As I've been surfing the blogosphere I've noticed that there are a lot of single moms blogging. This is for them.
And for one former single mom who's as likely to sprout wings and take up aerobatics as she is to ever read a blog. (For her, I'll print this out and send it by "snail mail.")
In 1964, my mom became a widow. I was 26 months old. For the next 15 years, our household consisted of her and me.
And, though I was, of course, the perfect child, I was precious little help in terms of keeping a roof over our head, clothes on our backs and food in our bellies.
Mom taught kindergarten part-time until I was old enough to go to school myself. Thereafter she taught full time. She also earned a masters degree, participated in community theater, served on the board of her credit union and carried on a normal social life.
She made me feel so special and supported and loved, that it never occurred to me that she might have anything else to do besides supervising my upbringing.
When, in the early years, we all ate Shabbat dinner at Grandma and Grandpa's house, and then she left me there overnight, for Grandma to take to religious school on Saturday morning, it never ever occurred to me that, for her, Friday night was adult-time.
She could see a movie with a friend, go on a date that didn't require getting home in time for a baby-sitter (or the cost of a baby-sitter), or just enjoy our apartment without worrying about what I was getting into and whether I was ever going to stop with my incessant jibber-jabber of questions and comments. (I haven't yet.)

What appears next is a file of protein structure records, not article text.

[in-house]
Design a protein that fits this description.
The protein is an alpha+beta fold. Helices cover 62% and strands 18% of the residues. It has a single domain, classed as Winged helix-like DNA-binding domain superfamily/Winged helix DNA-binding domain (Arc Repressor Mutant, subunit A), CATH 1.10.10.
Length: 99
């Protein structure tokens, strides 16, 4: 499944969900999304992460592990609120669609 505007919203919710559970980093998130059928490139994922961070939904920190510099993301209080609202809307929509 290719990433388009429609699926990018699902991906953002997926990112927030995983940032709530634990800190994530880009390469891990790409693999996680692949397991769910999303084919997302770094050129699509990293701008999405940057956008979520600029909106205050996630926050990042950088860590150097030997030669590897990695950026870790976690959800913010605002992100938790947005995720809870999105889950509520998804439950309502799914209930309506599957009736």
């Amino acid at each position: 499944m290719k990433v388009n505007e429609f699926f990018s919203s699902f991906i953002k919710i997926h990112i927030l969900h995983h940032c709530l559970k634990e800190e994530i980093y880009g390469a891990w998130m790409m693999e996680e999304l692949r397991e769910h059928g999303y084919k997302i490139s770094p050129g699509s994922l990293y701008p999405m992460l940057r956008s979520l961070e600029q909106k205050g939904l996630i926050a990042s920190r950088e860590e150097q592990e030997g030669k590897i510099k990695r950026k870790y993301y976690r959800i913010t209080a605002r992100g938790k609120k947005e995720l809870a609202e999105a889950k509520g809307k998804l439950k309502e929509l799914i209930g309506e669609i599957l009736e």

She made me feel so secure that I thought she was making a great sacrifice by letting Grandma and Grampa have me one night out of most weeks. The idea that leaving me with her folks might be a relief, rather than a sacrifice, never entered my David-centric consciousness.
Looking back, I can see hints that her task wasn't so easy. But only with my 44-year-old eyes.
At the time, I was sure my mom could solve any problem and that our life was smooth sailing.
(She remarried when I was 17 and I was best man. He's a spectacular guy and I was honored. I was also honored to ask him to return the favor more than a decade later.)
Talking to my mom about the 15 years she raised me alone, I can now see there must have been a gazillion times she felt uncertain, alone, frustrated and overwhelmed. There are undoubtedly dozens of decisions she'd like to get a "do-over" on. Maybe hundreds.
But I'm here to tell you, the love, firmness, humor, consistency, standards and security she conveyed to me (even when she didn't always feel these things herself) gave me the best foundation a guy could hope for upon which to build his own adult life.
Words are inadequate to express the depth of my gratitude. So instead, with this post, I'm trying to pay it forward.
Let me express my gratitude to all the single mom bloggers I've read in the past month.
You're doing for your kids what my mom did for me. Don't waste too much time second-guessing yourself. You're doing the best you can with what you've got. You're juggling bills and jobs and appointments and you're trying to live some semblance of an adult existence while putting your kids' needs first.